Coastal Radiation Oncology Medical Group
world-class cancer care has a local address.

Cancer FAQs

Answers to Questions about Radiation Treatment for Cancer

Below are answers to common questions asked about radiation therapy and the overall treatment process.

Your questions are many and cancer information is everywhere. We’d like to start you off with the basics, as well as a simple word of advice:

Every cancer patient’s journey is unique.

Fighting cancer can be as personal as anything you’ve ever experienced. Other patients may share your diagnosis and treatment options. But you may have vastly different perceptions, discomforts, supports and outcomes.

There are a number of cancer organizations that do a great job of accurately representing the facts. So, in addition to exploring the basics here, you may wish to visit the following sites for in-depth information:

General Questions about Radiation Therapies

Q. How do I prepare for radiation treatments?

A. Most patients do not need to make any changes to their lifestyle before beginning radiation therapy.

Q. How long will my treatment take?

A. The time required for the treatment depends on the treatment plan for your type of cancer.  The average time is generally 20 minutes from the time you arrive until you leave the center.  However, some treatments may take a little longer.  Your first treatment will take longer in order to review the set up with the physician prior to starting.  You may ask your radiation therapist on the first day how long to expect your treatment to last.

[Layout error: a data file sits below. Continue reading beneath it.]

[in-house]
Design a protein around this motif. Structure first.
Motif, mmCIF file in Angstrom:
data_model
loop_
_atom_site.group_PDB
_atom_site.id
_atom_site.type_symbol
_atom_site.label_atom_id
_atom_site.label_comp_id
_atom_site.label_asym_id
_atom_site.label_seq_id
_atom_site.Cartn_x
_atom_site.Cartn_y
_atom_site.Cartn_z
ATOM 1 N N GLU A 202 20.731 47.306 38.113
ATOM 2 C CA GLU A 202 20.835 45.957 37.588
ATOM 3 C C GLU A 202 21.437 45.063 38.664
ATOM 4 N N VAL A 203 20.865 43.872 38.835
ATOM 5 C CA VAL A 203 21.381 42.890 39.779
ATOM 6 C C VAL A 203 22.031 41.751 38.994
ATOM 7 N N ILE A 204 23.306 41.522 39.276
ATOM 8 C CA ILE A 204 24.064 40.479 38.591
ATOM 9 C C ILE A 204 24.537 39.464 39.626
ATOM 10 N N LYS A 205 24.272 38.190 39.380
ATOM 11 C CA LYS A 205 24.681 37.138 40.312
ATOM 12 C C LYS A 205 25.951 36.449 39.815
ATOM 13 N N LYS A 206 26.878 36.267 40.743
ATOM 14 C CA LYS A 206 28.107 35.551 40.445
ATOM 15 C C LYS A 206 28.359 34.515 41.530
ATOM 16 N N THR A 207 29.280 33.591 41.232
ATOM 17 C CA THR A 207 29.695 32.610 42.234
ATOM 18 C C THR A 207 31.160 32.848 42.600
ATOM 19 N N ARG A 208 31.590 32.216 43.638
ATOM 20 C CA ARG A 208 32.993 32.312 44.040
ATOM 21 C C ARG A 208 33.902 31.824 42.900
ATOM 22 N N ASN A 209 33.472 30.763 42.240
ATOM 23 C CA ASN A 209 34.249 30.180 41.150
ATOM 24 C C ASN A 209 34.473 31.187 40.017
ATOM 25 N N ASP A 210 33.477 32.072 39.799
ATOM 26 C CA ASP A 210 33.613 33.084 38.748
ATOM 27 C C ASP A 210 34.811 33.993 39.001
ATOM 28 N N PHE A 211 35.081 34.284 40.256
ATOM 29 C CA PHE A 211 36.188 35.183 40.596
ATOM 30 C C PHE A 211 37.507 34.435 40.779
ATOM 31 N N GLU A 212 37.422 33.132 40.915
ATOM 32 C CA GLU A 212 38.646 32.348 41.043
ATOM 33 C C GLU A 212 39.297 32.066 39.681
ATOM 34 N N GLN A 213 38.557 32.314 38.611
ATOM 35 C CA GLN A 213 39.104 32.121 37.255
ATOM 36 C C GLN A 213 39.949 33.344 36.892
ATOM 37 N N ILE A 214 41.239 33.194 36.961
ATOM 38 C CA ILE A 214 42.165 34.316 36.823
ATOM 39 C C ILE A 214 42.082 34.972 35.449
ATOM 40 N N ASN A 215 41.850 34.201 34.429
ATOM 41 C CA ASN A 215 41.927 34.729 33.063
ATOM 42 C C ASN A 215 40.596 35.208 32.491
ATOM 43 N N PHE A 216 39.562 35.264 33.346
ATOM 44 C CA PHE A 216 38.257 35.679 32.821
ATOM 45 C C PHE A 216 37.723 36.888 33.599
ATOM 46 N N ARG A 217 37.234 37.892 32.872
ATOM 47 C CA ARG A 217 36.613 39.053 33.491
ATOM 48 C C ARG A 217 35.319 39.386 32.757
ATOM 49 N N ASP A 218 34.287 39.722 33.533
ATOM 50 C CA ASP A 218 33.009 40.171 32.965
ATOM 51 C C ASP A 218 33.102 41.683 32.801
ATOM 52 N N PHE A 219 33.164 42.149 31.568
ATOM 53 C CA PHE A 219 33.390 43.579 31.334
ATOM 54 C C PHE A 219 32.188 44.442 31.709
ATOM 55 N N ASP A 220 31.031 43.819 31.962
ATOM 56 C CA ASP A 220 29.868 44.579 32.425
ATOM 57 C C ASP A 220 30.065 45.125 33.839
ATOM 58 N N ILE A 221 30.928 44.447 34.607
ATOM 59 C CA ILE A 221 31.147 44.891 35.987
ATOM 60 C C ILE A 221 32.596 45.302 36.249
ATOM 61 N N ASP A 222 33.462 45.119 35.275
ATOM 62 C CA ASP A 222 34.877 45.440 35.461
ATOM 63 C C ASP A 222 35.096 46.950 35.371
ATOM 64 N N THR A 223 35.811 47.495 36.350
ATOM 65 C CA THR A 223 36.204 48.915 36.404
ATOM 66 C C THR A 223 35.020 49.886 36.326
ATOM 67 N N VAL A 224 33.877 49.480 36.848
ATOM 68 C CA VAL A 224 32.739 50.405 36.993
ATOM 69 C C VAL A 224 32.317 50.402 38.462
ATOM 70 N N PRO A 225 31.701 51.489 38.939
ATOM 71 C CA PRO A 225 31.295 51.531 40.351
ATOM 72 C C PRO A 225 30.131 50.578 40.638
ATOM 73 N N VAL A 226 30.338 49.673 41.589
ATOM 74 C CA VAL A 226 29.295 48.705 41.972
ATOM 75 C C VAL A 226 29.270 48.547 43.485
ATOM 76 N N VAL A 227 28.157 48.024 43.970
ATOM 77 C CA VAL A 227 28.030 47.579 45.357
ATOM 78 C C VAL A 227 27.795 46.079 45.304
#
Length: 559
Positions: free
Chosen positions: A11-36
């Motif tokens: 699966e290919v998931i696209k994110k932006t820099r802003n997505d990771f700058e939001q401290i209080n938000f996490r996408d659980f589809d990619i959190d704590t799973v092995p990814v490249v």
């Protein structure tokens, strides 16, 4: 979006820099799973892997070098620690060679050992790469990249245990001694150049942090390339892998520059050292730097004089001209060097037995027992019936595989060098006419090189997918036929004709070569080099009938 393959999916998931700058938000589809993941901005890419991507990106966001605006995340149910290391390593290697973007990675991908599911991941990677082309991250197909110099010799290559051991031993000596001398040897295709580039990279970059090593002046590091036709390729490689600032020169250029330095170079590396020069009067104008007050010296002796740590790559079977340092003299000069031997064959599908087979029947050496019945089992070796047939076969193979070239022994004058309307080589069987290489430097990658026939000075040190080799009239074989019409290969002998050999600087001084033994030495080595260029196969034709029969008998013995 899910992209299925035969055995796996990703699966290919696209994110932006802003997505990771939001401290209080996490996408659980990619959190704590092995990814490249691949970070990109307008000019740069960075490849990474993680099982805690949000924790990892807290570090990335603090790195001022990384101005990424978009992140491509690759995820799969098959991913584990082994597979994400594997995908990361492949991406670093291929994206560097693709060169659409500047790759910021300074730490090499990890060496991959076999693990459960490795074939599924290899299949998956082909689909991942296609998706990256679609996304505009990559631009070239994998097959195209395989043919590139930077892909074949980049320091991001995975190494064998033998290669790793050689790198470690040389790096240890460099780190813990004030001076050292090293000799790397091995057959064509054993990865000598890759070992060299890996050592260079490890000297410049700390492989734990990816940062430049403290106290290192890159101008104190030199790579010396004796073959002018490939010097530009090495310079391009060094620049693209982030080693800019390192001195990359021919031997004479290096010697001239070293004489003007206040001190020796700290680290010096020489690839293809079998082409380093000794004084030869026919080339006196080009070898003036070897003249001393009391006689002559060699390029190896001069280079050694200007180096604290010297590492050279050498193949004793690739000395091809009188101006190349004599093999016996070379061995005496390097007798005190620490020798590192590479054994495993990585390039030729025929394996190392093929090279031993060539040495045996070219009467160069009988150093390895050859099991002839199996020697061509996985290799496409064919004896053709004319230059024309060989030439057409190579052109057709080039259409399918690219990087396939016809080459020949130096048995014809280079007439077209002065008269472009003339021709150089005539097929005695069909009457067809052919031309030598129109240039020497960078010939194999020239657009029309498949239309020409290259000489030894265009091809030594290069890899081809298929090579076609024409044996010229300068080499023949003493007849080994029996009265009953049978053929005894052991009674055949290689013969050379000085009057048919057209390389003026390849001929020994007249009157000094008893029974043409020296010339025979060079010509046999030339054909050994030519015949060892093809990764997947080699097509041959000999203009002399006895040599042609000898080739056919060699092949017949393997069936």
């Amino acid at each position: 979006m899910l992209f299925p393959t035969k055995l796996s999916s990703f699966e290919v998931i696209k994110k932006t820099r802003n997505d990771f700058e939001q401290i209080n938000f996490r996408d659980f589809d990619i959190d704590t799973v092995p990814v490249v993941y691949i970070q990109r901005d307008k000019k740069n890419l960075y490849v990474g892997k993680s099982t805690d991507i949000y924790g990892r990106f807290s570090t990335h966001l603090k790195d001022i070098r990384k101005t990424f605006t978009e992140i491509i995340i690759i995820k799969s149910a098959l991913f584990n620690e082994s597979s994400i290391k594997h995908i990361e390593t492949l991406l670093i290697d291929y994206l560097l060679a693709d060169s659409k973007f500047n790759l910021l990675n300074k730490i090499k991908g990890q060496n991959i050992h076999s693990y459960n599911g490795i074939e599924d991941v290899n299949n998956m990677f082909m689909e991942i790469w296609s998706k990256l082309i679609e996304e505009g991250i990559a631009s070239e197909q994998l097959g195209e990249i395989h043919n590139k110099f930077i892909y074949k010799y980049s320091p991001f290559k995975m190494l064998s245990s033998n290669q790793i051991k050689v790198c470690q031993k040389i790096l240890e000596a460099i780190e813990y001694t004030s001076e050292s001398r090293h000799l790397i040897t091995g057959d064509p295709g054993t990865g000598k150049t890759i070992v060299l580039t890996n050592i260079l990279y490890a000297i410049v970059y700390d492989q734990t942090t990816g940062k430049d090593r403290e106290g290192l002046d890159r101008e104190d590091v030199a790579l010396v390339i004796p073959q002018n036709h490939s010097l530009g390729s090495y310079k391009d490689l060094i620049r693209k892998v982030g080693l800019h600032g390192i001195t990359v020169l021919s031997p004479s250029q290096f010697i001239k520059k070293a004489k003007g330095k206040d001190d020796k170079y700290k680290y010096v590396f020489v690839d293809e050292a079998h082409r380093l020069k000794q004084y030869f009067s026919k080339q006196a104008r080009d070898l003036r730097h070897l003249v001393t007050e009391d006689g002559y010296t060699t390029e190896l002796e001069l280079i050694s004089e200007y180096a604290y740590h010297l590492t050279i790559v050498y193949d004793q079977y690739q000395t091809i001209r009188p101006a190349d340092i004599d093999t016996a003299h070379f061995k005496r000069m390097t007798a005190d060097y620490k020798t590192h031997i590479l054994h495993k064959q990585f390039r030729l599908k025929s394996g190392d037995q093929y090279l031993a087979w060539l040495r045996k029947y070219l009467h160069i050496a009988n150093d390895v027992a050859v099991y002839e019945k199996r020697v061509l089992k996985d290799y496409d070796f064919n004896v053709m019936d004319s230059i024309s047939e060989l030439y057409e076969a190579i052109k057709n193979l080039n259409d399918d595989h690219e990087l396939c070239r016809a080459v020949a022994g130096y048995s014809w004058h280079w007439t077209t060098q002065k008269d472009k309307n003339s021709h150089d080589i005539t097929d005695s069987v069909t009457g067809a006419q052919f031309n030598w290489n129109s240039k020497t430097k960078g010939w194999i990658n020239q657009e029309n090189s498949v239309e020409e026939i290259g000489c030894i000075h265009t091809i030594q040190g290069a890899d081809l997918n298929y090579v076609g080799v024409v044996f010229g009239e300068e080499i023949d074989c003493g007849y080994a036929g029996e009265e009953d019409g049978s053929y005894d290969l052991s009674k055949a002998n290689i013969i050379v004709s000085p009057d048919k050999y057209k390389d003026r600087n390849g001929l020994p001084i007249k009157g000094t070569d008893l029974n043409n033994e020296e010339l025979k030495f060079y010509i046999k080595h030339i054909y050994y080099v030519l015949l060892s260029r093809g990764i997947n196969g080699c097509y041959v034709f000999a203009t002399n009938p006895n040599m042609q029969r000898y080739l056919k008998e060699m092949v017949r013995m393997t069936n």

Q. Can I drive myself to my treatment?

A. In many cases, yes, but check with your physician prior to your appointment.

Q. Can I eat or drink before my treatments?

A. Your physician will give you dietary instructions based on your specific course of treatment.

Q. What side effects should I expect?

A. Side effects will vary from patient to patient. The most common side effects include tiredness and a skin reaction that is specific to the area targeted for radiation therapy. Our radiation oncologists meet with each patient to discuss the side effects of the radiation therapy and to arrange treatment and/or medication to eliminate any side effects.

Q. Will my skin burn during radiation therapy?

A. At times, a patient may experience a sunburn-like reaction to the radiation. A patient's treatment team will help address what to do in case such a reaction occurs.

Q. How is radiation therapy different from chemotherapy?

A. Radiation is a local or regional form of cancer therapy that is applied to the specific area of the body containing a tumor. By contrast, chemotherapy is given by injection or by mouth and travels throughout the entire body. Both radiation and chemotherapy inhibit cell growth and both therapies can be used together effectively to treat cancer.

See These Disease-Specific FAQs